Transitioning to the prebill review process was also important to the organization to eliminate rebills, enabling coders and auditors to work together and provide timelier, more complete feedback. This, integrated with their retrospective audit process, helped streamline the prospective and retrospective process.
According to Treacy, the organization is now able to:
- Conduct the prebill auditing process in a quicker timeframe, resulting in billing the account just one time
- Increase prebill audit numbers from a handful of audits each month to an even split between retrospective audits and prebill audits
Because of the success of having an automated audit process, Treacy outlined three keys to success that she says helped U of U Health, and in turn, can help other organizations hoping to streamline their audit processes.
Key 1: Find a champion
Like any other big change, finding someone who believes in it, can build the business case, and shepherd the change from start to finish is a critical part in finding long-lasting success.
Champions need to be people who see the opportunity and can rally necessary stakeholders around the cause. They can encourage others to get involved and feel invested, and they should be the first ones to bring the team back to the vision when needed.
Key 2: Communicate early and often
Start conversations about changes long before change happens. U of U Health had an ongoing dialogue with team leaders early on, before implementation, to keep them informed, get their feedback, and manage their expectations. The champion should also work to build a strong, open rapport with stakeholders before challenges arise.
Key 3: Build smart, not fast
While time is always of the essence in the revenue cycle, implementing wider-scale change, like new processes and software, is better taken at a methodical pace.
U of U Health was careful not to do too much too soon and wanted to be sure the workflow was right before getting too far into the process, says Treacy. And at least once in the process, it held off on implementing the next stage until issues were resolved and teams were truly ready to move on.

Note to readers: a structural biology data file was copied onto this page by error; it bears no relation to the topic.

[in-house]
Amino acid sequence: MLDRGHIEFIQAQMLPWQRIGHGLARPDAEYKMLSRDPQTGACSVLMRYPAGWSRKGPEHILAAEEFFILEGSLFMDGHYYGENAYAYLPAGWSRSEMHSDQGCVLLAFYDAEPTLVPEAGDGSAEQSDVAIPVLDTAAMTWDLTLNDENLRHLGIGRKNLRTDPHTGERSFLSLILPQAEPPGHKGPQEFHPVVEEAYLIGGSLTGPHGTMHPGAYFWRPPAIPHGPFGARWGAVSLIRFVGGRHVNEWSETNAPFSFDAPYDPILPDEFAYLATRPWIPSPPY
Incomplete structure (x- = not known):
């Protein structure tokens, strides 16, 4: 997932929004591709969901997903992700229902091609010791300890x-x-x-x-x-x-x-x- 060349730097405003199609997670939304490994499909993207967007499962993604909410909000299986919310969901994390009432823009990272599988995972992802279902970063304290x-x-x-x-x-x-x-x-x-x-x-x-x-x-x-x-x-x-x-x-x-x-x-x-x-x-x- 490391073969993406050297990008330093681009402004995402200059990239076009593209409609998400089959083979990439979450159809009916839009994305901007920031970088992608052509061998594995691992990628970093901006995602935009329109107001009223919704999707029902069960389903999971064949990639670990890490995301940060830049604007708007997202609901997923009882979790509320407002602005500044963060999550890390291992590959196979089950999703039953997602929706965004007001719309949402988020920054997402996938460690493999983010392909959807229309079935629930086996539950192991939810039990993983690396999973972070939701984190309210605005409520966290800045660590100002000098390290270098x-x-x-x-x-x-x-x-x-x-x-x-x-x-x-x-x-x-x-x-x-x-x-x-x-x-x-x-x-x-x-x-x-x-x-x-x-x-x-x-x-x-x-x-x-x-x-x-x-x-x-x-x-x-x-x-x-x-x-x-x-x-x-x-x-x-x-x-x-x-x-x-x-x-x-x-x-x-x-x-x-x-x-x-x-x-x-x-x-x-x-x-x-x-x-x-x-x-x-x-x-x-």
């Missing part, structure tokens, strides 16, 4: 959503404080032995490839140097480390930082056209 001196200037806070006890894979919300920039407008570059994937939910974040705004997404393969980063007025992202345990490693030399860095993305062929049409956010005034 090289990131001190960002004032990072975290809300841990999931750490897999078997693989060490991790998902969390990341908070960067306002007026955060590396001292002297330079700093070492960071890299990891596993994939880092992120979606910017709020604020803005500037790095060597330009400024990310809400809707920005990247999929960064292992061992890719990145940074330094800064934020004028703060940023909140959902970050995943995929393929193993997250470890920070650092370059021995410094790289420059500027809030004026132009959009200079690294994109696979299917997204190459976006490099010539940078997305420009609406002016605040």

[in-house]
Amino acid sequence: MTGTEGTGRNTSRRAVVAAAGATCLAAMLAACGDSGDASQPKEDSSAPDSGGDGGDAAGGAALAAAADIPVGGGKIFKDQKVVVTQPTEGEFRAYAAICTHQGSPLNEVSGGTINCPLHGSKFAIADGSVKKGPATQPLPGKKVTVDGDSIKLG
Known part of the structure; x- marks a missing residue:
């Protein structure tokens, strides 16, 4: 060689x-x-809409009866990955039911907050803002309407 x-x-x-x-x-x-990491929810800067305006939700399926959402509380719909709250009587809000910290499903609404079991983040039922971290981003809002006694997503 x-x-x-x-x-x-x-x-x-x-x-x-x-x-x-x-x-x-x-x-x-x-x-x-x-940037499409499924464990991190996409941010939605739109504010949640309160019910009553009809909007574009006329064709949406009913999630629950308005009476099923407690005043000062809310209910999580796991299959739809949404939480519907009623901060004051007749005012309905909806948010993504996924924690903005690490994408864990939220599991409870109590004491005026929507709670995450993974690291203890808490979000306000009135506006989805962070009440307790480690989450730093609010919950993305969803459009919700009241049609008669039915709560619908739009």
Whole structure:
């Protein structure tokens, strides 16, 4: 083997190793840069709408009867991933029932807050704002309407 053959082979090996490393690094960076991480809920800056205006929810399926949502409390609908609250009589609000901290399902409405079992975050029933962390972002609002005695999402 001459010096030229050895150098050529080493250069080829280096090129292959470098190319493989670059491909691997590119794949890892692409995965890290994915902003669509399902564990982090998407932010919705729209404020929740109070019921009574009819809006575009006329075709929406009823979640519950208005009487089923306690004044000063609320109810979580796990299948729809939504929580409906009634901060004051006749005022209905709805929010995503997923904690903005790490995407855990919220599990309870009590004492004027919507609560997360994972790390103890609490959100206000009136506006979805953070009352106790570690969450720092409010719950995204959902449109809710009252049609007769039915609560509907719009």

A timeline should be realistic and have a level of flexibility to it.
As revenue cycle leaders toy with the idea of looping in directors and managers on ways to improve their audit processes, it's important to remember that audits have benefits outside of the organization as well.
The ultimate reason for automating and streamlining an audit process goes far beyond making the jobs of those in the middle revenue cycle easier, says Treacy.
"I believe coders and auditors are patient advocates. Patients are tasked with so much responsibility beyond focusing on getting well, and we help make sure they have a quality experience all the way to the end. With the proper tools and processes, we can ensure they get sent only one claim, helping to reduce confusion about what they can expect to pay. That's something we take seriously and are proud of," says Treacy.
“Quality is always top of mind. Our teams are always looking for better ways to be efficient and bring stronger value to our organization.”
Gail Draper, revenue integrity director at the University of Utah Health
Amanda Norris is the Revenue Cycle Editor for HealthLeaders.
- Moving to an automated auditing process can create a more consistent, proactive, and accurate workflow.
- When implementing a new software, find a champion to build a strong, open rapport before challenges arise.
- Big changes take time: the implementation timeline should be realistic and have a level of flexibility to it.